As we’ve seen over the last week, the risk of guilt by association has dramatically lowered the GOP’s tolerance for Trump’s most distasteful remarks.
“ ‘Bigot, bigot, bigot. Racist. Racist Racist,’ ” said influential conservative talk-radio host Hugh Hewitt Wednesday, recapping the morning’s headlines. “The Republican National Committee needs to step in and step up, and go see Donald Trump and tell him to get out of the race.”
Hewitt’s alarmism aside, Trump can probably recover from a single Curiel-style controversy and regain Republican support. But if the sort of pattern he established as one of 17 primary candidates continues now that he’s the presumptive nominee — if this sort of incident happens again and again — more and more Republicans will decide that the only way they can salvage their own reputations is by distancing themselves from the guy at the top of the ticket.
Step Two: Trump’s poll numbers plummet
Right now, Trump is trailing Clinton by only 3.8 percentage points, on average, in the general-election polls. That’s reasonable. To be expected. He’s still “well within striking distance,” as they say.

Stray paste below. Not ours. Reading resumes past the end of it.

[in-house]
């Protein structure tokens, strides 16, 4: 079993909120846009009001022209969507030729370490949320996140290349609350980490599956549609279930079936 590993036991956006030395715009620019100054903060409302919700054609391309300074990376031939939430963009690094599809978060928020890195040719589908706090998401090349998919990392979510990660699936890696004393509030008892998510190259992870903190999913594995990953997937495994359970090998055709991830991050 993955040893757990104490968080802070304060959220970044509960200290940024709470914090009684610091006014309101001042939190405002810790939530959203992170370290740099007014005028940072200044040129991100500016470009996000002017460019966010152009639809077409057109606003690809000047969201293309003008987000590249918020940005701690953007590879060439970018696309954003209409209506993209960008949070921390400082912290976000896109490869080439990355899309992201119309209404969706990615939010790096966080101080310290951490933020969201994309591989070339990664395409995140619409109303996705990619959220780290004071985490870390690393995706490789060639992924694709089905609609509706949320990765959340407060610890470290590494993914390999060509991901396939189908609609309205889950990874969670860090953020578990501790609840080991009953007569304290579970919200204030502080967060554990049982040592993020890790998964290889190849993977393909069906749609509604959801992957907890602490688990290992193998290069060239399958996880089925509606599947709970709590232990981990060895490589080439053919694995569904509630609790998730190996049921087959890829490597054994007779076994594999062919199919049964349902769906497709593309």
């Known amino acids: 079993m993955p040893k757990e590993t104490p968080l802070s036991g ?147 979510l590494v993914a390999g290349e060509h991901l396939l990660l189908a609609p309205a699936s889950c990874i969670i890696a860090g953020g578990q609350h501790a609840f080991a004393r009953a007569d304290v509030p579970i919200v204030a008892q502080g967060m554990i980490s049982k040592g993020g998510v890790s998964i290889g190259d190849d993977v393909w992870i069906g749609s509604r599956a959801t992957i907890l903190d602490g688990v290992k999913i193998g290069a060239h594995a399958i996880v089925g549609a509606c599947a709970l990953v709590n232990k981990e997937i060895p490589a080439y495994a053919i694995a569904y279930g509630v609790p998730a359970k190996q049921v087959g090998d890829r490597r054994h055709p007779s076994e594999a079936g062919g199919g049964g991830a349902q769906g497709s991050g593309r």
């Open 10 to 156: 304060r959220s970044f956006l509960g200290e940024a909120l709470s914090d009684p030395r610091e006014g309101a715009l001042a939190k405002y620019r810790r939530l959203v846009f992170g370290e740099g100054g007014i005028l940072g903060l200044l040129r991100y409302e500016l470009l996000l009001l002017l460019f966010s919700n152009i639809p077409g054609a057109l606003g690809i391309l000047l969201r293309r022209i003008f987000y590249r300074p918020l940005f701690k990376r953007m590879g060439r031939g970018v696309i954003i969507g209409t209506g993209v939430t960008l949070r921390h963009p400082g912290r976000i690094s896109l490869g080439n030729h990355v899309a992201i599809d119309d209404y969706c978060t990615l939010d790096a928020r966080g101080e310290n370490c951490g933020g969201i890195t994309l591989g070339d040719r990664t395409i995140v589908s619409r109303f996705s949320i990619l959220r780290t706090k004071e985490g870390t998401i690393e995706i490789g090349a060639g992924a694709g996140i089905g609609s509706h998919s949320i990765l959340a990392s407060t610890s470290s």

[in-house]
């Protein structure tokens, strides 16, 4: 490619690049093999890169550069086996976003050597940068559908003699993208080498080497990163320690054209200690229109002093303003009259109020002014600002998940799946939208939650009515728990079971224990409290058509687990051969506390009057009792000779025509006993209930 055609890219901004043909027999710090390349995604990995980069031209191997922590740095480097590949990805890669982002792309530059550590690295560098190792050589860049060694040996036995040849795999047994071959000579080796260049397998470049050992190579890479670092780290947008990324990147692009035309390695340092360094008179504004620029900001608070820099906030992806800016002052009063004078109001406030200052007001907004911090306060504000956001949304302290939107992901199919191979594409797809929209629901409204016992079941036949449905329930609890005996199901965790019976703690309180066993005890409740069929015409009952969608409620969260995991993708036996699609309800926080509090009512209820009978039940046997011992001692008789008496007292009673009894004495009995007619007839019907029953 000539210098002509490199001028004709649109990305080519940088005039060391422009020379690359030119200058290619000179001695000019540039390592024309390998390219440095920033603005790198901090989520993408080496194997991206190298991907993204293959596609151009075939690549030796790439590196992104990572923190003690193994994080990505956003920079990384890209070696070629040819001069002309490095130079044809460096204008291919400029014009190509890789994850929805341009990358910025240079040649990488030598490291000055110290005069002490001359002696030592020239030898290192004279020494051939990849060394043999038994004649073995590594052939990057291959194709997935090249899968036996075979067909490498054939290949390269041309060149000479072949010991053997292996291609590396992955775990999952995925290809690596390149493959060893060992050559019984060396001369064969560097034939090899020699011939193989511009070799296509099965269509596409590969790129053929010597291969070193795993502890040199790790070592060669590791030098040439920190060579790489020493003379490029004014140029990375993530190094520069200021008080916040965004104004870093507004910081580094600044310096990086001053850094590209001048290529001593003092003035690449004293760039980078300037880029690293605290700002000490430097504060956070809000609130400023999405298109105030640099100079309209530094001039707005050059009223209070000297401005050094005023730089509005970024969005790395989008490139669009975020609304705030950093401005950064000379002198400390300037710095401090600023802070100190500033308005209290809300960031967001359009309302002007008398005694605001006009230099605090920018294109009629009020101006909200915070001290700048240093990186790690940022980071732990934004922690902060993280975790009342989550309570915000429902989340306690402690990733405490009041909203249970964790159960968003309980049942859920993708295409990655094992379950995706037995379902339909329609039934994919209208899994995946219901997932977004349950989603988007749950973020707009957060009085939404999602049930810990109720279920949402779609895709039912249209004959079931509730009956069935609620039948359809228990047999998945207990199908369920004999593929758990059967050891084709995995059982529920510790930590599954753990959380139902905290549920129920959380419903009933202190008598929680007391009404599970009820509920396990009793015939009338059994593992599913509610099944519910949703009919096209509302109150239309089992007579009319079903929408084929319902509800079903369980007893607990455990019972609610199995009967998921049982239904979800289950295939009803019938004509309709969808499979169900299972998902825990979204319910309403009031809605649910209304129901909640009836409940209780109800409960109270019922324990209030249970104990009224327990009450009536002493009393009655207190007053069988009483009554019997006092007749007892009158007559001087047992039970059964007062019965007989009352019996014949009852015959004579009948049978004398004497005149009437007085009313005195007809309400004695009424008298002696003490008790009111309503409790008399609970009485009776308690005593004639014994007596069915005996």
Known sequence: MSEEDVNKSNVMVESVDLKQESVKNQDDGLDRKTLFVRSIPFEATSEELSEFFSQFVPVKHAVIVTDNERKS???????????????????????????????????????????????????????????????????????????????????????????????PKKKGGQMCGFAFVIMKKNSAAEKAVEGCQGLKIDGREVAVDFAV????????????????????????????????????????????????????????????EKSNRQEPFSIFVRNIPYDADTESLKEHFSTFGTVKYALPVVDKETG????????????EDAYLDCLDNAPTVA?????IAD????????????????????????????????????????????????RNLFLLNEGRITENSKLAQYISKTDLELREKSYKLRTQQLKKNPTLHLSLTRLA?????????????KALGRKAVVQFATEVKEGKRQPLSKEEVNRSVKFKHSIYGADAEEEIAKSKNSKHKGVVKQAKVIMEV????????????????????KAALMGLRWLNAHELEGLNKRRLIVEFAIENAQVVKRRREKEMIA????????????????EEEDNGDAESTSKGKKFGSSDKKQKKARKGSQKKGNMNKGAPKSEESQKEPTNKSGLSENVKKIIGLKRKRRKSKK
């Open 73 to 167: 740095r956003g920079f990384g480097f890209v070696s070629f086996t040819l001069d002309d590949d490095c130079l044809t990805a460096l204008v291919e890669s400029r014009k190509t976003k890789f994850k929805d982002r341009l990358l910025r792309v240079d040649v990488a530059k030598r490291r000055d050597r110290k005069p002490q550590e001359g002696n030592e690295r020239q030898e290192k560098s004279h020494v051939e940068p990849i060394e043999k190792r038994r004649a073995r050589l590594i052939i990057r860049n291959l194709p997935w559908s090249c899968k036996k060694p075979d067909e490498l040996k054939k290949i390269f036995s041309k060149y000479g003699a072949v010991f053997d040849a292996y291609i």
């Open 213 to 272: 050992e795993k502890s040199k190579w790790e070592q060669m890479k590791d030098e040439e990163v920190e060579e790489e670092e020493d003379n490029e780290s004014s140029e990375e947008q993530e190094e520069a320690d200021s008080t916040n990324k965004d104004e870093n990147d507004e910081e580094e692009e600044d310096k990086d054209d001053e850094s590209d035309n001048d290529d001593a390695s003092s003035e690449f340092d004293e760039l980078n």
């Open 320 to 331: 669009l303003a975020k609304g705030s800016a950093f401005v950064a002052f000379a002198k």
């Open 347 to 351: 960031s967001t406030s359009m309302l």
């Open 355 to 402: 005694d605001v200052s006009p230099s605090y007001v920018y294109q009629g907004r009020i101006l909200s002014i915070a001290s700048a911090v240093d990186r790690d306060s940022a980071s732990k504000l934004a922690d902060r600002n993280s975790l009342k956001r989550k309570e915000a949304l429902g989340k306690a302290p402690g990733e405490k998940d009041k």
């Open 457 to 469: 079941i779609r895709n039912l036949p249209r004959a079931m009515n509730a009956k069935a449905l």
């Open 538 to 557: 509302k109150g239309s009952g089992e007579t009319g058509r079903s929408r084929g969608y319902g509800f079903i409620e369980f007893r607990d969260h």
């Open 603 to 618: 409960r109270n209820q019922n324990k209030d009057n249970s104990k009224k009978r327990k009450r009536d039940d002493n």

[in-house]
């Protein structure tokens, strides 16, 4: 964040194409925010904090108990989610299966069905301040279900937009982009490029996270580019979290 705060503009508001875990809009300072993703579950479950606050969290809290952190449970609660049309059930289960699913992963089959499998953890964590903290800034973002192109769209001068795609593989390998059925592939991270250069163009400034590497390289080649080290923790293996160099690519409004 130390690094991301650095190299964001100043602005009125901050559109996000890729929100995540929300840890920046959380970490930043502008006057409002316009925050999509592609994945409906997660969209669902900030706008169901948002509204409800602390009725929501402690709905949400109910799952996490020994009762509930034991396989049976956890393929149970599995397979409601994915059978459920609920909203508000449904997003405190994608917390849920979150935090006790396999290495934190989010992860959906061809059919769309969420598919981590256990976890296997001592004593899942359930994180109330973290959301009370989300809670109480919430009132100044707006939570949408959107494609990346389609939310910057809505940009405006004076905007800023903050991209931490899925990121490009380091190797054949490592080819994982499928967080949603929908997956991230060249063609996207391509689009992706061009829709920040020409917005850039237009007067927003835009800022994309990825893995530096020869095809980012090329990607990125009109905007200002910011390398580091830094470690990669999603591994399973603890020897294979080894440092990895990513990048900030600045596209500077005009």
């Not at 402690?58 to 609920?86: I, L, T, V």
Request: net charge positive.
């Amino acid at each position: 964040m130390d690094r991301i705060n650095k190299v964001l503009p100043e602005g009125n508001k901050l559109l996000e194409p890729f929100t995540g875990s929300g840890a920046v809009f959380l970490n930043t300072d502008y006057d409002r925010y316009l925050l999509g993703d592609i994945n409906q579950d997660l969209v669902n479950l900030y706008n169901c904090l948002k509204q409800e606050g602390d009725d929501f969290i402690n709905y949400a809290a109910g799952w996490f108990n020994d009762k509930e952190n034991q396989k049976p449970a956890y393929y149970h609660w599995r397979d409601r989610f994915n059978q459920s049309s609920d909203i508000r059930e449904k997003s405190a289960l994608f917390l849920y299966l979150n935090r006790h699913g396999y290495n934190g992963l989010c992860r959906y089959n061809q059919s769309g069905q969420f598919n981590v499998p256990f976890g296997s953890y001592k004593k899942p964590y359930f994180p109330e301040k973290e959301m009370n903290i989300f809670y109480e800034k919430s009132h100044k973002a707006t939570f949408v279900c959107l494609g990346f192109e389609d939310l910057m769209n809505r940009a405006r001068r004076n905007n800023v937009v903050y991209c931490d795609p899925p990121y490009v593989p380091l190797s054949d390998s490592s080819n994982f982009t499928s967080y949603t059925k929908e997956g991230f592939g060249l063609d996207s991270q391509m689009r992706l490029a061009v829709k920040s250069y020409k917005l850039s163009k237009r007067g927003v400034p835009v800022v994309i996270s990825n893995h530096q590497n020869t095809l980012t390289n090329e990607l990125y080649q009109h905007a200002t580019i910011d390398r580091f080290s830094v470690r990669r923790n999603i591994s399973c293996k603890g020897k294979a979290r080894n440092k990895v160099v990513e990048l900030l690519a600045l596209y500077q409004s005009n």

But what happens if Trump’s numbers go into a free fall and Clinton starts to pull away? What if she crosses the 50-percent threshold and he plunges into the 30s? What if the gap between them widens — to five points, 10 points, 15 points?
This is key. The major problem with dumping Trump is political. It looks like GOP elites are conspiring to deny the will of GOP voters — the most galling offense imaginable in a year that’s been all about the voters denying the will of the elites.
But Trump’s plummeting poll numbers would provide objective evidence that actual voters agree with party leaders that he’s gone too far. The GOP would start to fear a down-ballot disaster. More Republicans would jump ship. Combined with a series of Curiel-like controversies, a sickening slide in Trump’s public-opinion stats might establish a new anti-Trump argument that doesn’t ask rank-and-file Republicans to reject the nominee just because establishment types like Mitt Romney and Marco Rubio are doing it: Trump had his chance. Now he’s tanking — and he’s taking the party with him.